Grade 11 Leadership Conference

| April 6, 2011 | 1 Comment

By Keith Fairweather

One hundred and eighty young leaders enjoyed three days together at St Alban’s College during the Michaelmas holidays.

This was our first Grade 11 Leadership Conference, generously supported and assisted by Varsity College. We were blessed to have superb speakers who challenged and stimulated these Grade 11 girls and boys from Lebone II – College of the Royal Bafokeng, Tersia King Learning Academy, St Stithians Girls’ College, St Stithians Boys’ College, St John’s College, King David, St Andrew’s School, Clifton College, Cornwall Hill College, St Benedict’s College, Beaulieu College, St Dunstan’s College, Woodlands International College, St Mary’s DSG (Pretoria), Kingsmead College, Aurora Private School, Maseala Progressive School, Centurion Christian School, Theodor Herzl High School, Kingswood College and St Alban’s College. All these young leaders presented very good verbal and PowerPoint group presentations on a specific leadership topic on the second evening.

Busisiwe Khanyile, a young leader from St Mary’s DSG, e-mailed me after the conference:

The Grade 11 Leadership Conference was initially a very nerve-wrecking experience for me because no-one in my circle of friends was attending, but it made me realise that I’m very independent and before the Conference even began, I was already learning how to network. Having the opportunity to listen to wonderful speakers such as Keith Coats, Peter van Kets, Alan Thomson, Callie Roos and Buhle Dlamini, just to name a few, was truly awesome. The Conference did not only answer some of the questions I had but it made me ask even more questions that only I, as a leader, can answer during my journey of life. ‘What makes me a role model?’ was a question I asked myself during Rory Dyer’s talk because he emphasised making people do something that you, as a leader, are prepared to do, too, and this means leading by example.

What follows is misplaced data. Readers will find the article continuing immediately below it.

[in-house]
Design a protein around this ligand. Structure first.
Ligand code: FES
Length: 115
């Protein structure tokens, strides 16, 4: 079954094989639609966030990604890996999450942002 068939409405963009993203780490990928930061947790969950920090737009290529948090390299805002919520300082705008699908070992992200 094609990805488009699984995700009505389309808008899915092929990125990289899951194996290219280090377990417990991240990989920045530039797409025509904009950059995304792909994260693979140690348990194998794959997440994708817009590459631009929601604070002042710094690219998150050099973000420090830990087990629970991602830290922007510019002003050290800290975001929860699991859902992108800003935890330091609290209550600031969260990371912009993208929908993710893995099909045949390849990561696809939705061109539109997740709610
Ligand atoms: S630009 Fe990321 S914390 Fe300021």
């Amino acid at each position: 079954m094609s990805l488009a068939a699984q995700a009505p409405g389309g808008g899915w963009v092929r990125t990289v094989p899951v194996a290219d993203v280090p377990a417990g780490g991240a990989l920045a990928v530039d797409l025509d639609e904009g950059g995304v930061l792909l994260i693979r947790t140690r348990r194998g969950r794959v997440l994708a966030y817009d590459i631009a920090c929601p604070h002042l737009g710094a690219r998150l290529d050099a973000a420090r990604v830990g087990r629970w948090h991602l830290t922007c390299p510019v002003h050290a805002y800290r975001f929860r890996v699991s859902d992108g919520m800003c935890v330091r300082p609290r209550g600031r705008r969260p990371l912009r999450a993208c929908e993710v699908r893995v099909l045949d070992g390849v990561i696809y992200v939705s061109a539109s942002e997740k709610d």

This Leadership Conference has definitely made a huge impact on my life because it made me realise the importance of asking useful questions. There is no proper definition of a leader but there are many things that leaders have to learn and that is that you never stop learning. If granted an opportunity, I would love to attend this Leadership Conference again because it has not only made me believe that I can be a great leader but has also made me believe that I can be an awesome role model.

Lauren Kahn (from the leadership team of Theodor Herzl School) wrote:

I learnt much more than I’d expected: about leadership, about character, about strength and about human nature. From the most diverse, unexpected group of people, I learnt things I definitely would not have otherwise learnt – about Afro-centric optimism, about adaptability, about people – not only from the workshops, but from the scores of people my age I met in the auditorium, ‘on the N1’ path, outside during tea breaks, at dinner, on my way to the bathroom, in the computer room – at the most unexpected times, I learnt things that have changed my perception about leadership… about life.